Could be another tool in your belt for your studies :smiley:

You could also combine it with conversation practice: you could get a bunch of sentences together, say them to your conversation partner, and see if they have any feedback on your intonation, if it sounds natural, or the contexts where you could use that vocab or grammar point.

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I do agree that listening a lot, even to materials that are too difficult, helps a lot with getting used to normal-paced Japanese. I used to be forced to (lol) watch a lot of japanese tv shows that were completely incomprehensible to me, but when regularly doing it you really notice that you get used to the speed

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Haha, just as I thought. I’m actually Russian as well, I came from Russia to Canada when I was 10, and I still use Russian at home to talk with my parents.

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This post clearly and exactly expresses my feelings too. I am studying japanese nearly a year. To be fair, I feel the progress a little. But it is very slow. It feels like it will take another 10 years.

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Since the beginning of my learning ventures, my stress has been on enjoyment of learning, so, make sure to have fun, if possible. Life has a way of being demonstrably “serious” and that foreboding nature can be cumbersome on the spirit/psyche.

As an actor-type, I enjoy an occasional impromptu Japanese exercise that dramatically differs from traditional learning methods. Whatever that means to you, maybe wiggle a test run in to jive things up. Or not. Up to you!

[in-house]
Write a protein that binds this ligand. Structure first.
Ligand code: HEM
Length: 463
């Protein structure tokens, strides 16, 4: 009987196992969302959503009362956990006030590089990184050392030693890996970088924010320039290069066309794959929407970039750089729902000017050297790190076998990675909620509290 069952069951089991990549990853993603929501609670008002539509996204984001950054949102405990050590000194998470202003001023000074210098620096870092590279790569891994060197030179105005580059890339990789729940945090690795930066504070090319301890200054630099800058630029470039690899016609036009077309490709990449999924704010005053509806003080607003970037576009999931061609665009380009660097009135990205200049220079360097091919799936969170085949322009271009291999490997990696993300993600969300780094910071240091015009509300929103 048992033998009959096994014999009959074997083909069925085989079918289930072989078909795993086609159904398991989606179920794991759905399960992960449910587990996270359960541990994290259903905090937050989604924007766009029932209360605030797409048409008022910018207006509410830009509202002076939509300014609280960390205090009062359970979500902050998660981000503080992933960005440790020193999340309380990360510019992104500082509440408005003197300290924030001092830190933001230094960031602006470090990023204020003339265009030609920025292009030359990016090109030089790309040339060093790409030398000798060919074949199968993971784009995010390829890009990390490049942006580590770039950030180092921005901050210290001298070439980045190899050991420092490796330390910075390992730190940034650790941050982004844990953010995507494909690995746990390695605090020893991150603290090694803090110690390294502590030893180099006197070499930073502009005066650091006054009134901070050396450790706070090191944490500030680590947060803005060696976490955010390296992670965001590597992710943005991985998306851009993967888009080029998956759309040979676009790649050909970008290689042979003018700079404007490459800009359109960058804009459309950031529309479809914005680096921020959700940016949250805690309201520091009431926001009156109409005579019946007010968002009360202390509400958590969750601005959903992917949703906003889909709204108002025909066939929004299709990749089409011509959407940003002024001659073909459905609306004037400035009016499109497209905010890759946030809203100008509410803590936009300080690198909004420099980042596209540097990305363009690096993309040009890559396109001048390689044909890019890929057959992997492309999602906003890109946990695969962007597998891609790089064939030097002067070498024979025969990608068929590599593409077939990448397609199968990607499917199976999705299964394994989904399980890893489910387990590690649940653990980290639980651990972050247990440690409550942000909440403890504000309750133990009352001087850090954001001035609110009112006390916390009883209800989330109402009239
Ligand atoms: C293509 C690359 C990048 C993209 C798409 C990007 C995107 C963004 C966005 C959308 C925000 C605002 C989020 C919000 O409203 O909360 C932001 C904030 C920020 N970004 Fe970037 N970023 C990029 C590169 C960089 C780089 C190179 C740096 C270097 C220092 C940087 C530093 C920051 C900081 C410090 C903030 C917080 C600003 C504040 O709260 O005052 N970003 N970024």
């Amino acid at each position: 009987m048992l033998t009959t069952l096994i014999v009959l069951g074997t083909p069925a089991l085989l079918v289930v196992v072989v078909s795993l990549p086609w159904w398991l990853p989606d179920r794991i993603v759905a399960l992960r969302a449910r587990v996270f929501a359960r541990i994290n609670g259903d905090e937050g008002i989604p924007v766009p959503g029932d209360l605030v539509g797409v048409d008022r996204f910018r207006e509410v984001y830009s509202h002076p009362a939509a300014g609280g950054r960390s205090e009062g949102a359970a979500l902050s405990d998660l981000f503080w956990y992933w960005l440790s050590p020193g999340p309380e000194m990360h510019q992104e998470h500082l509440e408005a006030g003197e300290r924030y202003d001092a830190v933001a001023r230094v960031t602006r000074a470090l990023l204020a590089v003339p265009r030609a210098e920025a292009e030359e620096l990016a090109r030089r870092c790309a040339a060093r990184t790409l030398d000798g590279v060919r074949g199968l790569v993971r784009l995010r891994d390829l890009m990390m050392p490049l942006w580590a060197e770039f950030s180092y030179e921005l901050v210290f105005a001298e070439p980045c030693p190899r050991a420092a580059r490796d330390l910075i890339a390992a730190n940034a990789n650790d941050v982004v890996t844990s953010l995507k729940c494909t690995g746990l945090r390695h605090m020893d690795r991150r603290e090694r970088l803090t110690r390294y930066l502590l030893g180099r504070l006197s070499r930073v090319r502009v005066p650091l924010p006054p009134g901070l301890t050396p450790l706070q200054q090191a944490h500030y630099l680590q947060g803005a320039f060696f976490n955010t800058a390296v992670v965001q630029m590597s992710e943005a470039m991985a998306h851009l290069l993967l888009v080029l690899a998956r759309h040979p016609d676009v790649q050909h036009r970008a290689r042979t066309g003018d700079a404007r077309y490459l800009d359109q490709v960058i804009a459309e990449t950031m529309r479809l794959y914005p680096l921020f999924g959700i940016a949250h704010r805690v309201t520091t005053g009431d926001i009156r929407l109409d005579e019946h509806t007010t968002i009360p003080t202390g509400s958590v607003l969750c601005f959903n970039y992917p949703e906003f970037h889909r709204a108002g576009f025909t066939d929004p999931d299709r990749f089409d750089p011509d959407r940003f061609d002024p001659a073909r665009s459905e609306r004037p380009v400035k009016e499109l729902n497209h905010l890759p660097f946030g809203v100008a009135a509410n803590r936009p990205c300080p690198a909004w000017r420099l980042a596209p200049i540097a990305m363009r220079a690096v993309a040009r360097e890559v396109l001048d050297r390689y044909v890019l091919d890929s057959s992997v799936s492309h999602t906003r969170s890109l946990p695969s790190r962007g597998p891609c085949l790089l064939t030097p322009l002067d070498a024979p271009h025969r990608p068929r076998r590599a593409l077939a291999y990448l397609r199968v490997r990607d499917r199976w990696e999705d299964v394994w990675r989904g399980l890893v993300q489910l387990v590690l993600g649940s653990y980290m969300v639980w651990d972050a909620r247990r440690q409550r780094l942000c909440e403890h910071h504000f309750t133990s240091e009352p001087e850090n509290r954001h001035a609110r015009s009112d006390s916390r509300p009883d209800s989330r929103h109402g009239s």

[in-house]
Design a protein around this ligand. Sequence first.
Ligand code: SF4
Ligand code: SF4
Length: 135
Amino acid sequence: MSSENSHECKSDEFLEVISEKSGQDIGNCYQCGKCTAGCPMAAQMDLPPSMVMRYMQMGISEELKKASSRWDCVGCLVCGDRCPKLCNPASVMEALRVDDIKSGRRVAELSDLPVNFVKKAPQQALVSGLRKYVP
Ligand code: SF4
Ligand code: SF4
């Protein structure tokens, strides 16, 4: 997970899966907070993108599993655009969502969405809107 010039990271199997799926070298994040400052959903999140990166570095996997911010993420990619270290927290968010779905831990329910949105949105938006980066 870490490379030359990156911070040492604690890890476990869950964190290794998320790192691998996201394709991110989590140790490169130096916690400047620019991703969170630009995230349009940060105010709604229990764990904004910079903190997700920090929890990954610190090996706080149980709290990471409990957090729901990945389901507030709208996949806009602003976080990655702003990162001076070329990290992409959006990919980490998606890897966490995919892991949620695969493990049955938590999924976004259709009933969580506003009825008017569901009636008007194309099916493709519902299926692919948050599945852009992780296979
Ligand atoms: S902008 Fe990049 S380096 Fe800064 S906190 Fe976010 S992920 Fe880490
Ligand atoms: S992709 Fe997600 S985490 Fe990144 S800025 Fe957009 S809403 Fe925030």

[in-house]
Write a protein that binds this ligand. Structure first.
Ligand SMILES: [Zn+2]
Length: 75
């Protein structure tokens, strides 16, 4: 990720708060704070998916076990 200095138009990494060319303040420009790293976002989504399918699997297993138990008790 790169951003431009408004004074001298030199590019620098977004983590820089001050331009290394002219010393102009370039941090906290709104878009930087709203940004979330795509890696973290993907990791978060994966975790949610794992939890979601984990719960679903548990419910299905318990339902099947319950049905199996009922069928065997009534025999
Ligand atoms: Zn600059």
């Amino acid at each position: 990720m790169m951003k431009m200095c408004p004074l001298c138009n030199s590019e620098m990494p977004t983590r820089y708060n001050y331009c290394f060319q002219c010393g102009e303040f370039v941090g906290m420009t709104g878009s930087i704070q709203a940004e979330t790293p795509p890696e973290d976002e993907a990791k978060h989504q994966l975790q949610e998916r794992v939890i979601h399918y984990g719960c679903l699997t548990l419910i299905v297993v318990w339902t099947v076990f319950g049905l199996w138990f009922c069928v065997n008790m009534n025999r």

:heart:

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I’d recommend trying to get ahold of the first set of the Pimsleur CDs. Lots of libraries have them. They are a good jump start to speaking Japanese, even if they might seem a little “basic” in terms of grammar and vocab to you right now. But as other people have noted, they get you over that hump where your mouth just isn’t used to making the Japanese sounds.

I felt this way when I moved to Spain. I had a ton of Spanish under my belt, but suddenly I felt like I couldn’t say ANYTHING. I hit a wall and couldn’t get past it. Then I realized I no longer needed to speak Spanish the way I had - interpreting everything in my head, formulating a response in English, interpreting it into Spanish. I was thinking in Spanish, and trying to use English to process Spanish was holding me back. I switched my perception and strategy, allowing myself to think Spanish, never using English. I had achieved a level of fluency. Soon I was even dreaming in Spanish. It was awesome. I’m not sure if this helps, but if it doesn’t now, it might in the future.

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If you need help trying to find people to practice your speaking with, maybe you can find a Japanese speaking practice event in your area on Duolingo Events. There will probably be some in Canada, especially if you live in a larger city.

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I go to any Japanese event or festival I can find. I practice sentences I know I may use the night before. Then I am much more confident when I arrive at the event. The people I meet are so encouraging when I speak, so it makes me feel more confident.

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When I first started studying Japanese, I took an eight month intensive class with a native Japanese speaking teacher. It met for an hour a day, five days a week. It provided a solid foundation for grammar and vocabulary and conversation. It also provided a framework - study enough to learn the material that the class was covering and don’t worry about studying more. Now when I study on my own, I feel like I’m making progress. I can’t even imagine trying to learn Japanese without having that foundation - it is just too different from English.